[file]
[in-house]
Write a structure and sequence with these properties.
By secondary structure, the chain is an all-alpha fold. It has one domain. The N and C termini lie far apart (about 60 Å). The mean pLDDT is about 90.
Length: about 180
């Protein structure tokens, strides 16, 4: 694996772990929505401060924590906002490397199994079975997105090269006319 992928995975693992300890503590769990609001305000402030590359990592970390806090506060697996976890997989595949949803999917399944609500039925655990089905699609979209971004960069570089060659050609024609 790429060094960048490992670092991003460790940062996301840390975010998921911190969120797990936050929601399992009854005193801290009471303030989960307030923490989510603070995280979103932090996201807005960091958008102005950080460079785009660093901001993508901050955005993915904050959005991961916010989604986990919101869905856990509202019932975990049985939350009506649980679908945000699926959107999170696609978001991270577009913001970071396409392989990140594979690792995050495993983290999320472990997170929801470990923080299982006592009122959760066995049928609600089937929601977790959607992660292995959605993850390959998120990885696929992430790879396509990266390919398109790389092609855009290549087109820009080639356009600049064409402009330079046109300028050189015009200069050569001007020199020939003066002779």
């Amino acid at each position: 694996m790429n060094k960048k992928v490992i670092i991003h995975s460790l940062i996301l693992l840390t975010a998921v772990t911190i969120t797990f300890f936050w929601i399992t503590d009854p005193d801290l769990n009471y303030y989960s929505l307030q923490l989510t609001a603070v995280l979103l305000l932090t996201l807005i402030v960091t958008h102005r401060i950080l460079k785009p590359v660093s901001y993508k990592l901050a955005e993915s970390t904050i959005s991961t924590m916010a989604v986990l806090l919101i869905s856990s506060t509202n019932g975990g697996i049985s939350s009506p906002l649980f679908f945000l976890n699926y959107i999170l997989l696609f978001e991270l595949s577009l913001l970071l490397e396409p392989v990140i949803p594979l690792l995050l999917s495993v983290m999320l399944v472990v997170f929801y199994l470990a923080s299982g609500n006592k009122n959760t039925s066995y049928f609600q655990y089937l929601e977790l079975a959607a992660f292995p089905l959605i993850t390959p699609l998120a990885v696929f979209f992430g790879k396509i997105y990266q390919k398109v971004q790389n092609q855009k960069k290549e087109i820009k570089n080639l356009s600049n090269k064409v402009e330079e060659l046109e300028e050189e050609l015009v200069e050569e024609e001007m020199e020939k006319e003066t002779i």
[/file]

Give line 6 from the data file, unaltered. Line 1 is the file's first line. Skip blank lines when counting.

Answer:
């Amino acid at each position: 694996m790429n060094k960048k992928v490992i670092i991003h995975s460790l940062i996301l693992l840390t975010a998921v772990t911190i969120t797990f300890f936050w929601i399992t503590d009854p005193d801290l769990n009471y303030y989960s929505l307030q923490l989510t609001a603070v995280l979103l305000l932090t996201l807005i402030v960091t958008h102005r401060i950080l460079k785009p590359v660093s901001y993508k990592l901050a955005e993915s970390t904050i959005s991961t924590m916010a989604v986990l806090l919101i869905s856990s506060t509202n019932g975990g697996i049985s939350s009506p906002l649980f679908f945000l976890n699926y959107i999170l997989l696609f978001e991270l595949s577009l913001l970071l490397e396409p392989v990140i949803p594979l690792l995050l999917s495993v983290m999320l399944v472990v997170f929801y199994l470990a923080s299982g609500n006592k009122n959760t039925s066995y049928f609600q655990y089937l929601e977790l079975a959607a992660f292995p089905l959605i993850t390959p699609l998120a990885v696929f979209f992430g790879k396509i997105y990266q390919k398109v971004q790389n092609q855009k960069k290549e087109i820009k570089n080639l356009s600049n090269k064409v402009e330079e060659l046109e300028e050189e050609l015009v200069e050569e024609e001007m020199e020939k006319e003066t002779i």